A section of railway in central London could be built over if plans for a major housing development are approved by Kensington and Chelsea Council.
The site is a section of Circle/District line that runs in an open-air cutting just to the south of High Street Kensington tube station, and a proposal to redevelop a large plot of land beside the cutting could see it covered over so that more buildings can be erected on top.
The soon to be vacated site is currently occupied by Heythrop College, which was founded in 1614, and moved to its South Kensington site in 1970.
However, in 2015, it was announced that the college will close down, with the 2017/18 year being it’s final term. The closure was due to high running costs and a small size making it uneconomic to continue as an independent college.
As such, most of the 20th century buildings on the site are to be cleared, and a residential development for the over 55 age category built on the site. The scheme comprises apartments with a range of communal amenities such as a restaurant, swimming pool, library and spa.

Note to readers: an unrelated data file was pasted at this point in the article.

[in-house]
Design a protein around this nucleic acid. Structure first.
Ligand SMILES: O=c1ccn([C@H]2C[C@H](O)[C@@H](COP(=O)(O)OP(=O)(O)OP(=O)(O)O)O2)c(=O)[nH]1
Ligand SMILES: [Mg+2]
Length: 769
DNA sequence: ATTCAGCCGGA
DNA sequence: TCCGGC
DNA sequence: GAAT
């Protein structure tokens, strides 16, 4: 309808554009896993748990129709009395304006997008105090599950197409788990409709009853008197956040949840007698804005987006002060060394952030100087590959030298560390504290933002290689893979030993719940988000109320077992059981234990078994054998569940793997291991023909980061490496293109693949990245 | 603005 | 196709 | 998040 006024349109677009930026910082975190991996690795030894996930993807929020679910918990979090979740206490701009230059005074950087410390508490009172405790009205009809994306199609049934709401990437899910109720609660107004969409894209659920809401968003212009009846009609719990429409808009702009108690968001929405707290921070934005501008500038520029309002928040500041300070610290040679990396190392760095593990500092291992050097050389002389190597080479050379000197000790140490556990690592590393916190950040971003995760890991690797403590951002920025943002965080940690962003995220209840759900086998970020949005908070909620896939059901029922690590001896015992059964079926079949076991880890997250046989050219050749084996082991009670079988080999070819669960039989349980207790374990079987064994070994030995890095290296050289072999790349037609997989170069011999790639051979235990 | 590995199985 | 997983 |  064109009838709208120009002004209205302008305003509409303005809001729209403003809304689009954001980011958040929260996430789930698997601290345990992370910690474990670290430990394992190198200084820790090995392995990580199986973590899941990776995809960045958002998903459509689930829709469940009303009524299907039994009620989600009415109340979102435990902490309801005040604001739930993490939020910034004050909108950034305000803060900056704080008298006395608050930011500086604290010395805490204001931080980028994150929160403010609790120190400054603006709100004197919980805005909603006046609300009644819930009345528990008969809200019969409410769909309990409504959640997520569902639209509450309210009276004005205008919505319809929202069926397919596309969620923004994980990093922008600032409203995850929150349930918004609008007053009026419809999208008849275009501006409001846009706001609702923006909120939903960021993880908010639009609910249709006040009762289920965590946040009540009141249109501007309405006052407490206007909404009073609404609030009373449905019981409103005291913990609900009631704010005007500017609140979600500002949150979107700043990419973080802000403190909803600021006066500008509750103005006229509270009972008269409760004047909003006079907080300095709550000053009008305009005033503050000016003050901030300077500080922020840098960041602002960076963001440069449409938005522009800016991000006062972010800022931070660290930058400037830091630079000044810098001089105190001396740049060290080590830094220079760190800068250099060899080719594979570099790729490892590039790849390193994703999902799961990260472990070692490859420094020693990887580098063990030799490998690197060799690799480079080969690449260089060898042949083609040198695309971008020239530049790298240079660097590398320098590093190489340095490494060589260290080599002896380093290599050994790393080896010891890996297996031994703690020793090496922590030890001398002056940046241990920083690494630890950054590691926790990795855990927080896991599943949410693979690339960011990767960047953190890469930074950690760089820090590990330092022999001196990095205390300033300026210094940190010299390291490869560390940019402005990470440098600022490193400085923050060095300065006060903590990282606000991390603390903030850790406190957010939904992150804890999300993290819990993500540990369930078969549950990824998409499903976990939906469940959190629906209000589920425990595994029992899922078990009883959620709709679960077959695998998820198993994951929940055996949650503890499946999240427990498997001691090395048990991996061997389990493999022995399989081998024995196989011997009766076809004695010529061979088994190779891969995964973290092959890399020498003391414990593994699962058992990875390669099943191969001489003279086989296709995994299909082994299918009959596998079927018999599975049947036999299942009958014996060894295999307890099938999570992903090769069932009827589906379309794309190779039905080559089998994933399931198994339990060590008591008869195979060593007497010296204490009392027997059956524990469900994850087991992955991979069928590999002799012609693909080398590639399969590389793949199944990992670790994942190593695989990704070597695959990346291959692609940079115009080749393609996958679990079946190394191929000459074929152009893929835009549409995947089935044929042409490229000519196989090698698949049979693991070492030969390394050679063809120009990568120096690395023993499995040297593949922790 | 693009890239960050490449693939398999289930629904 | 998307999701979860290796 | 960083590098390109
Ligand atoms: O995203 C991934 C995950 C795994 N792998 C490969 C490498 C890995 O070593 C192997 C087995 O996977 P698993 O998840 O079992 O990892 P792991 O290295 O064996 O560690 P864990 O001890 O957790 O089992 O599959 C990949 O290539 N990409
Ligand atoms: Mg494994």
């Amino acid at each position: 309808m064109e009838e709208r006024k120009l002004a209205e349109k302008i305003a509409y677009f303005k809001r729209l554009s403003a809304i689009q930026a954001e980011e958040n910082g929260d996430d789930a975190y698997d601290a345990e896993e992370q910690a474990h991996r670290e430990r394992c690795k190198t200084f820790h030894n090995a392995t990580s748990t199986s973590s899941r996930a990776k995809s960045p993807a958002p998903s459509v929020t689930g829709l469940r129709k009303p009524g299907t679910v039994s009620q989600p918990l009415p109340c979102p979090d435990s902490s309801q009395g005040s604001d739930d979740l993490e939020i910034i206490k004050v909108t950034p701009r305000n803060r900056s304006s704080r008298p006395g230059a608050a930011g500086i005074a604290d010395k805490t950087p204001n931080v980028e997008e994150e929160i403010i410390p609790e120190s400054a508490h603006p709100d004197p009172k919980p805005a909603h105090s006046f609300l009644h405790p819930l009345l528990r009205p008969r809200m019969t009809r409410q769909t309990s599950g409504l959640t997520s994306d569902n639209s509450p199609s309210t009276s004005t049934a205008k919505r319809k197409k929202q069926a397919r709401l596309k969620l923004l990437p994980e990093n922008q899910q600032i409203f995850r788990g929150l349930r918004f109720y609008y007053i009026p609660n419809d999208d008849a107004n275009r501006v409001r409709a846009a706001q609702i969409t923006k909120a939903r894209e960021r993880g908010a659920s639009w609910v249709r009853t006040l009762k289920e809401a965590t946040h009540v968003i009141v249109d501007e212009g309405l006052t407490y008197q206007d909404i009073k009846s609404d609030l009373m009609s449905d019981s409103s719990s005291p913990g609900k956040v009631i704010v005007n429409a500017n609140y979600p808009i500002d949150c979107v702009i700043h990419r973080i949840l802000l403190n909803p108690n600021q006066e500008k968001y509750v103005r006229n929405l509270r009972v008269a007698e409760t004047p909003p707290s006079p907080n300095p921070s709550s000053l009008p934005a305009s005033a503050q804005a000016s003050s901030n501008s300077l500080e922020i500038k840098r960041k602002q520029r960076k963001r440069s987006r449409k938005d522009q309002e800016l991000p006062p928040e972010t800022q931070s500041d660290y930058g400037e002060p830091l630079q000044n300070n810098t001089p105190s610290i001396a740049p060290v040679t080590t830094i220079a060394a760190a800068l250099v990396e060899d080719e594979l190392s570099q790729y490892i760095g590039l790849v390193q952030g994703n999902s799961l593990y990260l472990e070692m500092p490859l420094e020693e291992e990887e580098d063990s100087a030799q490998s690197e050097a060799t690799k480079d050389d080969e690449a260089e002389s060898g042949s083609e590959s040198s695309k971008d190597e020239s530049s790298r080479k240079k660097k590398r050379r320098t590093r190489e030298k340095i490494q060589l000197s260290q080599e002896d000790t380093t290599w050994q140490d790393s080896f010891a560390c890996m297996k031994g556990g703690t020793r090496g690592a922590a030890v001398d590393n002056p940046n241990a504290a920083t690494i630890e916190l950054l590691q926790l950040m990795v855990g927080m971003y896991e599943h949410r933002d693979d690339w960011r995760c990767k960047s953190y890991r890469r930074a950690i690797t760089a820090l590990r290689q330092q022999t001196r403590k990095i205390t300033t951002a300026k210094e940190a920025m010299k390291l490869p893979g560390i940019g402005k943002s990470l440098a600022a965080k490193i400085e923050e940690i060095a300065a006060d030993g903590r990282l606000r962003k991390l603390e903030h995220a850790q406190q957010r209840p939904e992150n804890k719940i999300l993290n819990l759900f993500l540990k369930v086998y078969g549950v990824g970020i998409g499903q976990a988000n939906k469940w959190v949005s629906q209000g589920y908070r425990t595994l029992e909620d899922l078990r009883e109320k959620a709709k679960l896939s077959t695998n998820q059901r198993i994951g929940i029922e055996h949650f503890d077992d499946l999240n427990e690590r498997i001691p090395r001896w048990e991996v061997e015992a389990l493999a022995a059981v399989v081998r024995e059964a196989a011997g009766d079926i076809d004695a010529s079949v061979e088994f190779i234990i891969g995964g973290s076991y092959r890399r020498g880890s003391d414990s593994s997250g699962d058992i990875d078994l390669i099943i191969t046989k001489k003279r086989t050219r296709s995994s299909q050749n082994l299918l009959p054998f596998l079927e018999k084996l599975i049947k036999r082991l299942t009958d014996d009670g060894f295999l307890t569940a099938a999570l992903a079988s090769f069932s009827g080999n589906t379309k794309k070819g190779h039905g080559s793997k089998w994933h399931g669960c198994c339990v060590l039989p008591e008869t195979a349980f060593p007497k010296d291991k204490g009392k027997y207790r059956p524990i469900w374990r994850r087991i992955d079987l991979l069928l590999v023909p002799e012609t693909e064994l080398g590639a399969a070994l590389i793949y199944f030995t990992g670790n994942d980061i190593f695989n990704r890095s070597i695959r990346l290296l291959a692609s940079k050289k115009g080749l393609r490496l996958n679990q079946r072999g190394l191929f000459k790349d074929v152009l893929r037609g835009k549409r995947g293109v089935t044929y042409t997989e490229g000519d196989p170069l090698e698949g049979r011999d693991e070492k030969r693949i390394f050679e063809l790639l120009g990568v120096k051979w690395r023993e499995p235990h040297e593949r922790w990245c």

The largest two apartment blocks are proposed to be constructed in part on top of a structural deck that will be built over the adjacent District and Circle line railway tracks.
The new deck would therefore increase the size of the development by 25 percent.
The deck structure over the District and Circle lines will be supported from rows of foundations next to the London Underground tracks, both by the retaining wall bounding the Copthorne Tara Hotel and within the ‘10 foot’ zones between the tracks.
The deck is proposed to comprise steel transfer beams spanning between the support walls and supporting upper and lower concrete deck surfaces. Steel beams will be craned into position over the southern part of the deck and then installed from tracks on the partially constructed deck for the northern part.
As for the nearby station, there is a feasibility report that suggests this development could be used to add stepfree access at High Street Kensington station, although the planning document notes that unspecified technical problems prevent that in the short term.
The development will also include safeguarding proposals for future public rights of way to improve pedestrian routes south of the tube station, which were cut off when the railway first arrived.
If approved, it will join an increasing number of projects that aim to build over rail and road infrastructure, such as above the DLR or the proposed roofing of part of the A13 at Barking, in part to bury the noise, and to release land for development.
The proposals generated an unusually large number of objections, and although most of them were about lorry movements during construction, one argued that there was no demand for rich old people wanting to live in Kensington. Which seems an odd comment to make if you’ve ever wandered around the area.
The planning application is due to be discussed on the 19th April 2018.